A cancellation or postponement isn’t likely, and experts are still split on how big a problem Zika poses for the games. While Attaran's call received international attention, the United Nations and the World Health Organization both said last week that they don't expect Zika to have a major impact on the Rio Games.
The IOC and some national Olympic federations are already making plans to protect athletes and fans, and the WHO is taking strides to “put in place all the measures to reduce mosquito density, to make sure that people are provided with the means to protect themselves from mosquito bites" in Brazil, an official said Tuesday.
But with health experts still trying to formulate a full response and create a vaccine for the disease, Zika will continue to pose a threat to Brazilians, particularly those in poorer areas of the country, where the disease and others like it are hitting Brazil's impoverished communities the hardest.
The Environmental Crisis
Rio's polluted Guanabara Bay is an environmental hazard.
The Olympics naturally come with major environmental questions and problems. But one in Rio has stood out: the city's polluted Guanabara Bay. In order to hold Olympic sailing and swimming events there, Brazilian officials pledged to rid the waterway of at least 80 percent of the raw sewage and trash polluting it.
But last year, The Associated Press analyzed the bay's water and found that it was still disgustingly polluted with “disease-causing viruses directly linked to human sewage at levels up to 1.7 million times what would be considered highly alarming in the U.S. or Europe.” Athletes who have participated in test events there have fallen ill or suffered from MRSA infections afterward. Rio has erected temporary “eco-barriers” in an attempt to hold trash and pollution out of the main parts of the bay, and the IOC has insisted that athletes will be safe, even though it won’t run its own tests on the water.
Yet even as the IOC and Rio organizers try to cast a positive light on the progress that has been made (the sailing and swimming lanes, the IOC says, will be clear), they have already conceded that Guanabara Bay won’t be clean. That will affect Rio's residents and environmental efforts long after the Olympics end -- particularly in a city where, despite improvements, as much as 60 percent of sewage and waste goes untreated.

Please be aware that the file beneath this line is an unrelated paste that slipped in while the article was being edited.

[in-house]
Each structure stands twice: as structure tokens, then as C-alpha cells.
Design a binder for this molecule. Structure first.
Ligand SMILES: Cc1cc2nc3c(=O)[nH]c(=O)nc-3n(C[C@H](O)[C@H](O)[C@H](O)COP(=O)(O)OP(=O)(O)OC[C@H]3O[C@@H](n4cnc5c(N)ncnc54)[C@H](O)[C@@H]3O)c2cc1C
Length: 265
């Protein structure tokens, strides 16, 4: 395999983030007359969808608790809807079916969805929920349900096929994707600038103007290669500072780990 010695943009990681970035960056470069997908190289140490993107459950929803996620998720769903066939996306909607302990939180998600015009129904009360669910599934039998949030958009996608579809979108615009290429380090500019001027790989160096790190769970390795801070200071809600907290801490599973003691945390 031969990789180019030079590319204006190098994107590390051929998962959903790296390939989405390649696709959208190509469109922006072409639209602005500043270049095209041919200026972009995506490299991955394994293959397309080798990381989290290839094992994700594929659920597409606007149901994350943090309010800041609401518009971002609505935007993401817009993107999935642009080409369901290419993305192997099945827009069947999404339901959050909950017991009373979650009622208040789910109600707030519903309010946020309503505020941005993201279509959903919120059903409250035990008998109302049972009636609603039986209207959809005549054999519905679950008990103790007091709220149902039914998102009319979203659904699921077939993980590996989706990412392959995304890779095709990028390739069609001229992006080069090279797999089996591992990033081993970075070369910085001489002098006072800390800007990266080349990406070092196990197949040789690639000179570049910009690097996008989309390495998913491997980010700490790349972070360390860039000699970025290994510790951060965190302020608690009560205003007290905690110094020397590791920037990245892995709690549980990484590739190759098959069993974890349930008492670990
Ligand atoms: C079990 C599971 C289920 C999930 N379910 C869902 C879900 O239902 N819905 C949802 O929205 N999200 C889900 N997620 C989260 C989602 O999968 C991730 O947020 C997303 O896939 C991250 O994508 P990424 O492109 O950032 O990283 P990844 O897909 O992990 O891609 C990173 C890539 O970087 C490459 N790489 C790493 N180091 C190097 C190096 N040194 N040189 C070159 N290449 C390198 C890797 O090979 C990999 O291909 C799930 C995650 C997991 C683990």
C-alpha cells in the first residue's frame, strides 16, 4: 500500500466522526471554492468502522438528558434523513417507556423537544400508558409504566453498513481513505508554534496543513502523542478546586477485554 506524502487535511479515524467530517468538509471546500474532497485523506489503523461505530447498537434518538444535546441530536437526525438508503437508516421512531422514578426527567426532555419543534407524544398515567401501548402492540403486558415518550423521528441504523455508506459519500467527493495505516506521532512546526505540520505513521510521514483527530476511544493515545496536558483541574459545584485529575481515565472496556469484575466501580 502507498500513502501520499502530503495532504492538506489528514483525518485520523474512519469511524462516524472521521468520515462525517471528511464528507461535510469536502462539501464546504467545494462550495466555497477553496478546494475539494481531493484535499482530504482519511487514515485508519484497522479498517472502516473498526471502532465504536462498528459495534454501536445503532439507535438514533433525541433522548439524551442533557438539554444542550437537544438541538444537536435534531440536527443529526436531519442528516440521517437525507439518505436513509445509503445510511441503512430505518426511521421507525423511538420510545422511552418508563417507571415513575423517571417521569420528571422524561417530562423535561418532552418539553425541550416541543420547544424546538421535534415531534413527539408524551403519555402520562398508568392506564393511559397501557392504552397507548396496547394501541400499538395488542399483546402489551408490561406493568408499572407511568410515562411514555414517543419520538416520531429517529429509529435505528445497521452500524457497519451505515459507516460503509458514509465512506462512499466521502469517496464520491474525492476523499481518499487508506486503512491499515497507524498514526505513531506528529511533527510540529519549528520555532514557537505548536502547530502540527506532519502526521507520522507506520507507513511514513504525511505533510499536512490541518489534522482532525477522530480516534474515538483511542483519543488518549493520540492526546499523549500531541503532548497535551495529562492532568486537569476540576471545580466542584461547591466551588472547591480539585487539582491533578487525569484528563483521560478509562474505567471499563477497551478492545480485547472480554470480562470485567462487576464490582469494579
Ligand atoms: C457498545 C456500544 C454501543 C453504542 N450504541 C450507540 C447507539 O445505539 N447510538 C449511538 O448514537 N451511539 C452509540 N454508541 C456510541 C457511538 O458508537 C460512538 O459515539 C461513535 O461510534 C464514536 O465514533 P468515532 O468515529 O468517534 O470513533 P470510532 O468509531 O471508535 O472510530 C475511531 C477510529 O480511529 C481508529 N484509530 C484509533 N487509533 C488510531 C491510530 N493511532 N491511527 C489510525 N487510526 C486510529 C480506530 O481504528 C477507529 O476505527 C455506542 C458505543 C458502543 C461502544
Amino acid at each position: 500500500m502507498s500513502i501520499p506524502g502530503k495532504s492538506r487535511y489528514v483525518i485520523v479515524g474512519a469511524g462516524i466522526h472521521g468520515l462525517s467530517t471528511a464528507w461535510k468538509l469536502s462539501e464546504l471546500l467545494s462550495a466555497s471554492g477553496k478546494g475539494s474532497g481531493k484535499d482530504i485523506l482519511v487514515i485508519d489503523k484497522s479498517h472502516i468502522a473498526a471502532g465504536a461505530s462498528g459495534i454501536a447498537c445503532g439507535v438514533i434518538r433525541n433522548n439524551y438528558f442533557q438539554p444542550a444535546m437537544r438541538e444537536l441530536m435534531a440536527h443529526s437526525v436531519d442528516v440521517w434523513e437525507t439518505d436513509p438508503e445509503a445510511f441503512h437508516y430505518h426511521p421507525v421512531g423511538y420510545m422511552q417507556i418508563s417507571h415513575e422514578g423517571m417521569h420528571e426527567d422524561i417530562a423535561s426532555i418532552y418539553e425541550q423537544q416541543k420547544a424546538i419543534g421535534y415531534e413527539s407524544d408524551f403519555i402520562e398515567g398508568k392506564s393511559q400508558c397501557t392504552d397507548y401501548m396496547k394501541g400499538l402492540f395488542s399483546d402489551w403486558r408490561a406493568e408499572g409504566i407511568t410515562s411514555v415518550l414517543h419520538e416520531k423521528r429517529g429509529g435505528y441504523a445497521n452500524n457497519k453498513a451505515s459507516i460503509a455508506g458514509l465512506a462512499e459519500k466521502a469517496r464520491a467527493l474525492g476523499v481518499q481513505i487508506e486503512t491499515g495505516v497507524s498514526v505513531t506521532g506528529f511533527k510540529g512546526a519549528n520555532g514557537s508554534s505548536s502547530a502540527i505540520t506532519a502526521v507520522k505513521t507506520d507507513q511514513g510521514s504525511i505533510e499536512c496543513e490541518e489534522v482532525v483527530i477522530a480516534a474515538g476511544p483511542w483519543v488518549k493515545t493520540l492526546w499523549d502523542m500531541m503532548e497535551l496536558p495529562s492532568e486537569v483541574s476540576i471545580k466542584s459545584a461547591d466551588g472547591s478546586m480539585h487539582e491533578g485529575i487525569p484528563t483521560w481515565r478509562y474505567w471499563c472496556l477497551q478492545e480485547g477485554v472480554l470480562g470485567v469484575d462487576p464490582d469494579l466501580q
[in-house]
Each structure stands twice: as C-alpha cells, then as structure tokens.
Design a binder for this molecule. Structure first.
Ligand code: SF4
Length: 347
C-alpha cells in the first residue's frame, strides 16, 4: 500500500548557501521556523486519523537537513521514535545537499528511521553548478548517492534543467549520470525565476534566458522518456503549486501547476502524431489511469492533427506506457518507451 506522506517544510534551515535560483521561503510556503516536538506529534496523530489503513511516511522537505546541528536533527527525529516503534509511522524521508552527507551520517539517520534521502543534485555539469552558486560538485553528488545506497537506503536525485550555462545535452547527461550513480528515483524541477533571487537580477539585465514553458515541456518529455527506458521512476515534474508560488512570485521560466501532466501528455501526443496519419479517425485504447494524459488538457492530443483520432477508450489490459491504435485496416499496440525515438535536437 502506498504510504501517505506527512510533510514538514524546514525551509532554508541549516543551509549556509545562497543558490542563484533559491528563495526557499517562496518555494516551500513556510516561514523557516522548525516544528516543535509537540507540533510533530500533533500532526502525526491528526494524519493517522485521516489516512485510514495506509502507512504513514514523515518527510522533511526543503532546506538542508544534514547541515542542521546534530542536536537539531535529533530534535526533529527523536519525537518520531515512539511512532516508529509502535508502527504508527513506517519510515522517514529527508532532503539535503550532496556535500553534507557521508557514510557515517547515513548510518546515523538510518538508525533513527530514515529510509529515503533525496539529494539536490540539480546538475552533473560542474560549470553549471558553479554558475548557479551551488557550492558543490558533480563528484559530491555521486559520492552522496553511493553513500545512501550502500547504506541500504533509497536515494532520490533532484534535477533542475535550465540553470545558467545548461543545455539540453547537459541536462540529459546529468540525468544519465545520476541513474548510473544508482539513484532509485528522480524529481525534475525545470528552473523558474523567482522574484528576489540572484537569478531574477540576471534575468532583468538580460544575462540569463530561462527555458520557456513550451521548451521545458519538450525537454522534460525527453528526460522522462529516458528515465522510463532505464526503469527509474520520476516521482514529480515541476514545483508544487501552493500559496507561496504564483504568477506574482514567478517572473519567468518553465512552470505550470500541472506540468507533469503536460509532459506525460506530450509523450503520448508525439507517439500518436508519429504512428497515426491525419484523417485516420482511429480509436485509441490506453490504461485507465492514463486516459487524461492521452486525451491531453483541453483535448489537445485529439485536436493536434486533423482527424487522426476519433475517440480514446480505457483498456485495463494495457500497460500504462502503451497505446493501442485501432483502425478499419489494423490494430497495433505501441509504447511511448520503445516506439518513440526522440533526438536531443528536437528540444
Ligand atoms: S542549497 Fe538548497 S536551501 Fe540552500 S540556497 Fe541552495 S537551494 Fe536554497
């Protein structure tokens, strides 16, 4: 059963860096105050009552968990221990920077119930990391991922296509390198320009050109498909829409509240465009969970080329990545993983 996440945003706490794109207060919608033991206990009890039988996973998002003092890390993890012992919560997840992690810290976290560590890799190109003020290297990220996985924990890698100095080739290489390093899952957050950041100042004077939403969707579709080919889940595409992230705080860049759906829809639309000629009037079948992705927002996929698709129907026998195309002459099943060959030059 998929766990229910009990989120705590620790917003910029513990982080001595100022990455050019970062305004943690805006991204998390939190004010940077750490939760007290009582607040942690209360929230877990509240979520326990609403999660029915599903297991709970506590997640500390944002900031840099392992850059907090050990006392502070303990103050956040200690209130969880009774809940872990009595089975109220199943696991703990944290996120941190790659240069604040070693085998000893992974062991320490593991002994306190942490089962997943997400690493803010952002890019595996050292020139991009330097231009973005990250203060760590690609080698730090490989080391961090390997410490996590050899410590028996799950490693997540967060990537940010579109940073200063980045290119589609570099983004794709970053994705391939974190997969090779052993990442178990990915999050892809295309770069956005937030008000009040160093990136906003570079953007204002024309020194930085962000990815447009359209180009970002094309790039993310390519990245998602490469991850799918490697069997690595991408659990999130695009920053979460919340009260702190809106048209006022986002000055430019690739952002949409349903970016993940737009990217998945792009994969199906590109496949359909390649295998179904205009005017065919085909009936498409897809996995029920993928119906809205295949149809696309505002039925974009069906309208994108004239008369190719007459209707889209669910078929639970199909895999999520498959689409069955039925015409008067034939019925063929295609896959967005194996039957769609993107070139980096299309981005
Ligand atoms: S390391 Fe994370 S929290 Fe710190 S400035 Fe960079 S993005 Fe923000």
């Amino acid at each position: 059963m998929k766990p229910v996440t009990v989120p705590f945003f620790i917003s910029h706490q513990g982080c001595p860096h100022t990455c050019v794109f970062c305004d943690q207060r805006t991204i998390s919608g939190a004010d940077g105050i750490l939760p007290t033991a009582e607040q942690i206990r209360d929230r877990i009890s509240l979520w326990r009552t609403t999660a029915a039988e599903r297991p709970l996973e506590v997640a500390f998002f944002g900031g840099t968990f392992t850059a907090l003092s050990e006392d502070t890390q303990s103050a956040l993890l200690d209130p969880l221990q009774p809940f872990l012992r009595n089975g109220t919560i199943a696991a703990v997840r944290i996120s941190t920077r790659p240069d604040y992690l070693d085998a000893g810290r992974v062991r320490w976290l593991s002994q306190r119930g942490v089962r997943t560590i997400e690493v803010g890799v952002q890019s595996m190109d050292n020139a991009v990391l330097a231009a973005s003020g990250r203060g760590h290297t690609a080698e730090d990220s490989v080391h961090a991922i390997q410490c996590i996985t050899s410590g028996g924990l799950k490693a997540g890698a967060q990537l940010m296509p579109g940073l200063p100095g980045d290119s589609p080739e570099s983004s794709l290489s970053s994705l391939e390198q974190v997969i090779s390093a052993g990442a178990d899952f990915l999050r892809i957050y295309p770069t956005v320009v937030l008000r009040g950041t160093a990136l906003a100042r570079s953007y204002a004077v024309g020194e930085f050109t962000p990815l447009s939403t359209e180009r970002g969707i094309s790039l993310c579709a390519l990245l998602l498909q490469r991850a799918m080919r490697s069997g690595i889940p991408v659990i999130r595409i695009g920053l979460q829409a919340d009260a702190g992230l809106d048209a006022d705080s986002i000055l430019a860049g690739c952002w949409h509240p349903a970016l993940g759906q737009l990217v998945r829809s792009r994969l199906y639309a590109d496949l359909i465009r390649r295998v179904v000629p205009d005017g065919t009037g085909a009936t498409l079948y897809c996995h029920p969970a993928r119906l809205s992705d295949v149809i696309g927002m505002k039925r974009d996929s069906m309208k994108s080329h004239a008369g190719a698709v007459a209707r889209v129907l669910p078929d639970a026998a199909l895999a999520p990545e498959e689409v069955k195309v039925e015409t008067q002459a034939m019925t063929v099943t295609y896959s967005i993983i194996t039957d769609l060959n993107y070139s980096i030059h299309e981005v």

Whether the pollution poses problems in August or not, the botched cleanup of Guanabara Bay is a stark example of the Olympics’ failure to deliver on the promises Brazilian politicians and Olympic organizers made to bring the games to Rio.
The Police Crisis
Police killings have spiked in the months before the Olympics.
In an effort to assure foreign visitors that the global spectacle will be safe, public officials may have only exacerbated one of Brazil’s biggest problems: its brutal police violence.
Brazilian police rank among the world’s most deadly. They were responsible for 1 in 5 homicides within the city of Rio de Janiero in 2015, according to Amnesty International. Police-related deaths in the Rio state rose to 580 killings in 2014 -- a 40 percent increase from 2013 -- and increased again to 645 killings in 2015, Amnesty says. There were 11 more police-related deaths in the first three weeks of April, and the victims are disproportionately “young black men from favelas and marginalized areas,” the organization says.
In December, the United Nations accused Brazilian police forces of systematically murdering poor black street children in an effort to “clean the streets” for the Olympics. The country plans to deploy some 80,000 police and military officials to secure the games (more than double the number who worked the London Games in 2012), leading to fears that the problem will only worsen as the event nears.
“Over the next 100 days, there is a lot that the authorities and the organizing bodies of Rio 2016 can and must do to ensure that any public security operations will not violate human rights," Atila Roque, the executive director of Amnesty International Brazil, said in an April release. "We expect Rio’s police forces to take a precautionary and consultative approach to public security instead of continuing with their ‘shoot first, ask questions later’ strategy.”